Saabscene Saab Forum - Saab Technical Information Resource banner
1 - 8 of 8 Posts

·
Registered
Joined
·
224 Posts
Discussion Starter · #1 ·
Hi to all. I have just bought a Dawes boost controller and I'd like to know how to install it best. The car is a CS Carlsson auto.

First of all, my ECU is shot, giving base boost all the time. So I have no interest in keeping APC (which doesn't work, anyway).

To try the device, I put it between the C and W hoses. i know that there is a lot of pipe that way, but it is only temporary. I get very quick spool up, at low revs everything's fine, boost to my set level (14 psi). As the revs rise above 3k, the boost level starts falling, until it goes down to around 10 psi. Is that a result of the long hoses or something else? I know the turbo can't keep up at higher revs, but 10 psi seems a bit too low.

I don't really like the driving characteristics of the car right now, as it takes off with the slightest push on the gas pedal, but as the revs rise the car gets slower. I'm used to more power as the revs go up...

Would running the controller off the manifold help? Where exactly do you tap into the manifold? My car doesn't seem to have a spare nipple. Would the vacuum hose going to the Y splitter and from there in the car (for the boost gauge) be ok? If not, where? I know I shouldn't mess with the MAP sensor line...

Any other suggestions welcome.

Thanks in advance

Harry
 

·
Registered
Joined
·
100 Posts
Yeah, the boost will taper like that due to the design of the controller. Mine does the exact same thing. One way around it is to take the boost source for the controller from somewhere after the intercooler. But then you run into the problem of spikes because it's being tapped so far down the system. As far as i know there's no pretty way around it.

Dave
 

·
Registered
Joined
·
1,935 Posts
I keep looking at these devices and thinking "I want one but what about the downside?" By that I mean, it will, I think wipe out the Trionic management system and if the car was meant to be without one why did SAAB put it in?

Is the Dawes devise that, full proof? Lots of questions I know. Maybe I should buy one and see how it goes
 

·
Registered
Joined
·
100 Posts
Yeah, the boost controller defeats the Trionic's ability to combat knock by reducing boost. Although, it can still reduce knock by adjusting the timing.

The safest route to raising your boost is by getting a reprogrammed ECU by Abbott or SQR. There are lots of people running manual boost controllers on Saabnet though and i haven't heard of one engine having problems.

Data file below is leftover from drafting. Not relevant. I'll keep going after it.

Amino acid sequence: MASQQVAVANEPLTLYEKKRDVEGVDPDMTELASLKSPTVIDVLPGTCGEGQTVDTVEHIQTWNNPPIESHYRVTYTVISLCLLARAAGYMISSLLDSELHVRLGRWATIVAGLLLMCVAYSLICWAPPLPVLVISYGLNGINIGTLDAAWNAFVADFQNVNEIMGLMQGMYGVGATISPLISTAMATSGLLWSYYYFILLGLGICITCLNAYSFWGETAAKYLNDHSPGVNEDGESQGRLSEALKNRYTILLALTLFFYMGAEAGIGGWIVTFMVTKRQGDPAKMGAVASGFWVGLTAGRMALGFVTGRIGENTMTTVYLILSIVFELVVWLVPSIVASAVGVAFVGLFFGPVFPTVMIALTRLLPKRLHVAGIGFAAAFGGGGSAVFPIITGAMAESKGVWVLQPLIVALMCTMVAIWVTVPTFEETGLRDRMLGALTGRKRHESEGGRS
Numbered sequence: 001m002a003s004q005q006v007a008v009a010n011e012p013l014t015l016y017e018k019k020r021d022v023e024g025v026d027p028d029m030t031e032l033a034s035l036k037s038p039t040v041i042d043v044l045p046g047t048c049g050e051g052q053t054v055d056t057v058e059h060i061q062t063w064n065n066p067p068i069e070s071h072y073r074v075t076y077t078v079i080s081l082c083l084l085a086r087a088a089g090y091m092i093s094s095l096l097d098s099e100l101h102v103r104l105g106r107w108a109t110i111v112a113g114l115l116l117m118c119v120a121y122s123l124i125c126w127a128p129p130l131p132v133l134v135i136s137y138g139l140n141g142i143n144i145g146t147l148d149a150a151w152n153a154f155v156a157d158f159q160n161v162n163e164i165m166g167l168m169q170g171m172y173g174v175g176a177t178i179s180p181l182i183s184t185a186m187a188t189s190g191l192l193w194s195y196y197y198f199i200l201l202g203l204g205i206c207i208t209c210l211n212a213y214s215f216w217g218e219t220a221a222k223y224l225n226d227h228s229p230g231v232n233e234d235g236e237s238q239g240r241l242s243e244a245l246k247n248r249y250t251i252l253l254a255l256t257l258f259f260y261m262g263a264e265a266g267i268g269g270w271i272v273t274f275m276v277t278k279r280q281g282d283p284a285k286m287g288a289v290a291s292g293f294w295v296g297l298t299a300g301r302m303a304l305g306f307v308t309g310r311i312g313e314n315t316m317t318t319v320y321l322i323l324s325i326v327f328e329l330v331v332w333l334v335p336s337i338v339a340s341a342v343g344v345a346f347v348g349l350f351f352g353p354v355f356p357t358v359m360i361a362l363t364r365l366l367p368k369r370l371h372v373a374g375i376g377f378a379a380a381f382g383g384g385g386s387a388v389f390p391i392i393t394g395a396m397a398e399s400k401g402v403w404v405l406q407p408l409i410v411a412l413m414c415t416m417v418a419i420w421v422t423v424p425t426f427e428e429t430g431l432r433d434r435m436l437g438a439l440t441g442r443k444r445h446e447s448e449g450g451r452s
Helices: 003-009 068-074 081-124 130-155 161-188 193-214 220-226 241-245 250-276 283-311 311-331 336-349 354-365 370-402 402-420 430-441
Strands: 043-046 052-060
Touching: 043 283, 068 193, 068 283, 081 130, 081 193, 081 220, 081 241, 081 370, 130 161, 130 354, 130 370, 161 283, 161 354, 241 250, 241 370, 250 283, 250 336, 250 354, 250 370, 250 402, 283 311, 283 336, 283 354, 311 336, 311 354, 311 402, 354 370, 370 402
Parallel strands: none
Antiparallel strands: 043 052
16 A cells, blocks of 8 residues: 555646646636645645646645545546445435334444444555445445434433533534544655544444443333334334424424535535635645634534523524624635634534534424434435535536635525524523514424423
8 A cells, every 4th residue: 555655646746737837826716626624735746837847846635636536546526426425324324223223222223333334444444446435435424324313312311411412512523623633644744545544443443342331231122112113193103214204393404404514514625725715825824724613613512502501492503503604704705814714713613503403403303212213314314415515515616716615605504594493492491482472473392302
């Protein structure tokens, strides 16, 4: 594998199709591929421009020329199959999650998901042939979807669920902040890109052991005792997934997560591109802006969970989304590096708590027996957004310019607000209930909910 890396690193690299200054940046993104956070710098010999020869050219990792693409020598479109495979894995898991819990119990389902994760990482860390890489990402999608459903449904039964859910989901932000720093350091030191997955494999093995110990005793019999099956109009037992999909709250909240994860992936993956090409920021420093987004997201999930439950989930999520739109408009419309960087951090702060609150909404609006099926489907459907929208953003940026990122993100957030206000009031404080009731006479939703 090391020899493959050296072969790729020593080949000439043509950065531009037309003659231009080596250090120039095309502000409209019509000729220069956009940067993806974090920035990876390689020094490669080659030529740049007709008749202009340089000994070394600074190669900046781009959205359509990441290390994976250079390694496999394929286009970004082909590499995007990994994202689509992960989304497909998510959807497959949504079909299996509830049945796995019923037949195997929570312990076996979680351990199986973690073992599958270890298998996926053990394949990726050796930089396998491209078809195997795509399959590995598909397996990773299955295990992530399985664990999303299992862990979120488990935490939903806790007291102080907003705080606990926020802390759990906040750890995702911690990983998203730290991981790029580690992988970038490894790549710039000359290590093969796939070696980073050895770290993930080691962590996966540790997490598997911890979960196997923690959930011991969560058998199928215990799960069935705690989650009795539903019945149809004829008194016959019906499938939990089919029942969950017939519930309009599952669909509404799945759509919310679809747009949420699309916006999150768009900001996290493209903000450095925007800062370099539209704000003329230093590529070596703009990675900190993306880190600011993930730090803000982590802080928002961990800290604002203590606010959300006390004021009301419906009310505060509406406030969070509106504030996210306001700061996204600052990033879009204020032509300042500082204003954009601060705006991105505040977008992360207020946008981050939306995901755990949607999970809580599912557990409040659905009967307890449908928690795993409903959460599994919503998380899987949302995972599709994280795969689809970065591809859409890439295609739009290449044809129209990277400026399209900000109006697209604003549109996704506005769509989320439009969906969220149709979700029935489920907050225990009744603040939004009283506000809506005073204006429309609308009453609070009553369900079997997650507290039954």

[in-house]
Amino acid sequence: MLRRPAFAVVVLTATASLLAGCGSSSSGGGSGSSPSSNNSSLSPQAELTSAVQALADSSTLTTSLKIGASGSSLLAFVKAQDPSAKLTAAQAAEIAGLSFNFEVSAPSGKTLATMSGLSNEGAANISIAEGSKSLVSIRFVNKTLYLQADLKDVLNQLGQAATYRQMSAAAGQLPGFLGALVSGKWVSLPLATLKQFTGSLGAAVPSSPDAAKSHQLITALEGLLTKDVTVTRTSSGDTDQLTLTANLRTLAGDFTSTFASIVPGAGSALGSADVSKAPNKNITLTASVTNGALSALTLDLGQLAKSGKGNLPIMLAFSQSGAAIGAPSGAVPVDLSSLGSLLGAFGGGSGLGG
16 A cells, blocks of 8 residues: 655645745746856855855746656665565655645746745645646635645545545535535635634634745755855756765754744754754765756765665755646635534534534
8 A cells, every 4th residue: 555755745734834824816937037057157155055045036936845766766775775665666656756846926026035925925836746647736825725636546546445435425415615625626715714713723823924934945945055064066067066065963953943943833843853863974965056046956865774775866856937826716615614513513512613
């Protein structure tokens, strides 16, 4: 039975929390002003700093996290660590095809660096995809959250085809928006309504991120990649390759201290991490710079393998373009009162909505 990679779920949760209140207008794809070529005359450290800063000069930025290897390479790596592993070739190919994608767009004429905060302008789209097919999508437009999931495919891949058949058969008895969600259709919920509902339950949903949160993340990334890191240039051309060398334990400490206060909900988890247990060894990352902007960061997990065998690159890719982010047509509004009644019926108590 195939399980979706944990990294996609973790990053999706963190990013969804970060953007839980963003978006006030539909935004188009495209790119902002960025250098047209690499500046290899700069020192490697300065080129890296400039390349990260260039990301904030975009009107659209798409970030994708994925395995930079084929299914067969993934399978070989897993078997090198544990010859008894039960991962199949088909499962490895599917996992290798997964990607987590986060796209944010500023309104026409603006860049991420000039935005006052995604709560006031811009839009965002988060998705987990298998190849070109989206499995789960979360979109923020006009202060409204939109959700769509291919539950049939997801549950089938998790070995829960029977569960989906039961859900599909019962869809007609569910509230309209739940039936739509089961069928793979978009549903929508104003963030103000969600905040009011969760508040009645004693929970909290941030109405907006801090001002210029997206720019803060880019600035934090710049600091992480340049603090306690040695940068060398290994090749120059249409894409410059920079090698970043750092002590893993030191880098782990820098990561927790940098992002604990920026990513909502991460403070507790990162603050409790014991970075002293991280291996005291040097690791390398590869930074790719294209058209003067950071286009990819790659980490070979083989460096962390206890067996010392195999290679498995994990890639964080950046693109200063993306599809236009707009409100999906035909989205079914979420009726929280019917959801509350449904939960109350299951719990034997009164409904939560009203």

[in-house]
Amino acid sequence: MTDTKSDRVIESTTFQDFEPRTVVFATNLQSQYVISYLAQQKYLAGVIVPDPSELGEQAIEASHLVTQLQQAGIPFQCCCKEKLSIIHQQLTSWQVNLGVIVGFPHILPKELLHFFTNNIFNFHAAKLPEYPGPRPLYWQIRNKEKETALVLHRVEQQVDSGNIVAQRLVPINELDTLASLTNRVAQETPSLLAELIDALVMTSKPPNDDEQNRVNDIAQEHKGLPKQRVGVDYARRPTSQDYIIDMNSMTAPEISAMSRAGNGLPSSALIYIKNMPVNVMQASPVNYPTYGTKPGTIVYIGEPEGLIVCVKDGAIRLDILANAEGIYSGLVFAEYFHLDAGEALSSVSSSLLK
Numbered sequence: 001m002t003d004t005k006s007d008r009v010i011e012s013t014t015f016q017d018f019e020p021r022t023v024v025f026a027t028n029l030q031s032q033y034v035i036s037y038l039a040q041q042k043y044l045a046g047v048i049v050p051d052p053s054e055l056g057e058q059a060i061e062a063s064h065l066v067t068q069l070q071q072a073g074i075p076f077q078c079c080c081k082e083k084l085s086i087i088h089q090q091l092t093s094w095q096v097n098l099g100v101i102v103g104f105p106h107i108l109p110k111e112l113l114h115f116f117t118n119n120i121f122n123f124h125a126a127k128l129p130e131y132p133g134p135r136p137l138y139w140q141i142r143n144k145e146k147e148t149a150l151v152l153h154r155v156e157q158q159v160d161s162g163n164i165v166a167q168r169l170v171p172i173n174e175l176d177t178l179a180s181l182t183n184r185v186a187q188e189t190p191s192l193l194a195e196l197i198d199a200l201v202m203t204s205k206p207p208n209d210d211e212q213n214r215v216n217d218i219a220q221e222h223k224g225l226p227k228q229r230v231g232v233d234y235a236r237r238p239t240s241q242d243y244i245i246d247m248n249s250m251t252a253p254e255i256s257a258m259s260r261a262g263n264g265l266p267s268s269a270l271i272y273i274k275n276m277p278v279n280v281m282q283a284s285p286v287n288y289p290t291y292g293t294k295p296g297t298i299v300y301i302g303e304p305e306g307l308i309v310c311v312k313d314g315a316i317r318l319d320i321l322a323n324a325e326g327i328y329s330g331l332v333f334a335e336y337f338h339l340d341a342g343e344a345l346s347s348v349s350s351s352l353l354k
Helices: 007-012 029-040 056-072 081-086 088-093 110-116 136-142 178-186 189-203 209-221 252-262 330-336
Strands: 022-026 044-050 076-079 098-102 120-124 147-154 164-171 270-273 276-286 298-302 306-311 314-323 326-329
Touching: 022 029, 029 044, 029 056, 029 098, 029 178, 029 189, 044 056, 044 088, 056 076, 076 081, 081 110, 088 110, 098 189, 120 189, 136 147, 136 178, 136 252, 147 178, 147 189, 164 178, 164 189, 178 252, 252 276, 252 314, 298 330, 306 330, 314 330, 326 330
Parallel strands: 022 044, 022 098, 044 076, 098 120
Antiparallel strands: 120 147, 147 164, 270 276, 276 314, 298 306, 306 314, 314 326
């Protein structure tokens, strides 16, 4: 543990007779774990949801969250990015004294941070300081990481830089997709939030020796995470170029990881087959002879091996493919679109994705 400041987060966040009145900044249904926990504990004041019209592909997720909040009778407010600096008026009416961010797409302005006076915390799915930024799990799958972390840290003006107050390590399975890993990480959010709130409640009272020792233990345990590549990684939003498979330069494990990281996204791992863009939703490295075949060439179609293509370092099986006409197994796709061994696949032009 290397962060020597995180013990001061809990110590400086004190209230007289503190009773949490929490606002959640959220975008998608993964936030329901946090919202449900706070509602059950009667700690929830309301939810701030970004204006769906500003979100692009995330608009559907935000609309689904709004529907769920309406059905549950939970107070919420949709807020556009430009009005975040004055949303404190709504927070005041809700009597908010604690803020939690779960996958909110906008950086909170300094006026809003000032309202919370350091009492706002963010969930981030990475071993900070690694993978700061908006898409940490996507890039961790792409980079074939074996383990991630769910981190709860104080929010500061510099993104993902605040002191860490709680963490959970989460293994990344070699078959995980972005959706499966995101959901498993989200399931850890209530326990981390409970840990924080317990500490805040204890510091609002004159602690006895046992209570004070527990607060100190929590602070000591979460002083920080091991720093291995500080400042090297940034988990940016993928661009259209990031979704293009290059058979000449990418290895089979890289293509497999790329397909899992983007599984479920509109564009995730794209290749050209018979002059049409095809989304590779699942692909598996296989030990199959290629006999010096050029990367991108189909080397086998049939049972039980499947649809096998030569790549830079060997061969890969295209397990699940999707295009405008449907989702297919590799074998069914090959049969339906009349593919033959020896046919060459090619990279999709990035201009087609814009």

My theory is that the kind of person that will put a boost controller on thier car is an "enthusiast". An enthusiast is going to keep his/her car in good tune and will be aware if something doesn't sound or feel right. That's my take on it. I know that i care a heck of a lot more about my car than the average car owner (my dad thinks i'm nuts....haha). I'm sure a lot of you feel the same way (that you care more about your cars- NOT that i'm nuts).

Dave
 

·
Registered
Joined
·
1,935 Posts
Nine00, thanks . That's pretty much the way I was thinking. If mpen is right (on Zeppelin's thread) about SAAB reducing the ECU upgrade to £200 I might go that way. Still, no rush...
 

·
Registered
Joined
·
100 Posts
For 35 bucks US you really can't go wrong with a boost controller. It's cheap thrills and gives you a really good idea of what you want when and if you get your ECU reprogrammed.

Apparently, if you send your ECU to Stromquist Racing (the "SQR" i referred to earlier...), they let you give input on what you'd like the boost at in certain gears and such. A fella that i know here in Canada got his ECU reprogrammed by SQR for 600 dollars CAD or so. That's a steal compared to some of the other tuners and he's never been happier.

So if you have some money burning a hole in your pocket it's certainly within reach. I have a MBC on my car and it's certainly fun.

Dave
 
1 - 8 of 8 Posts
Top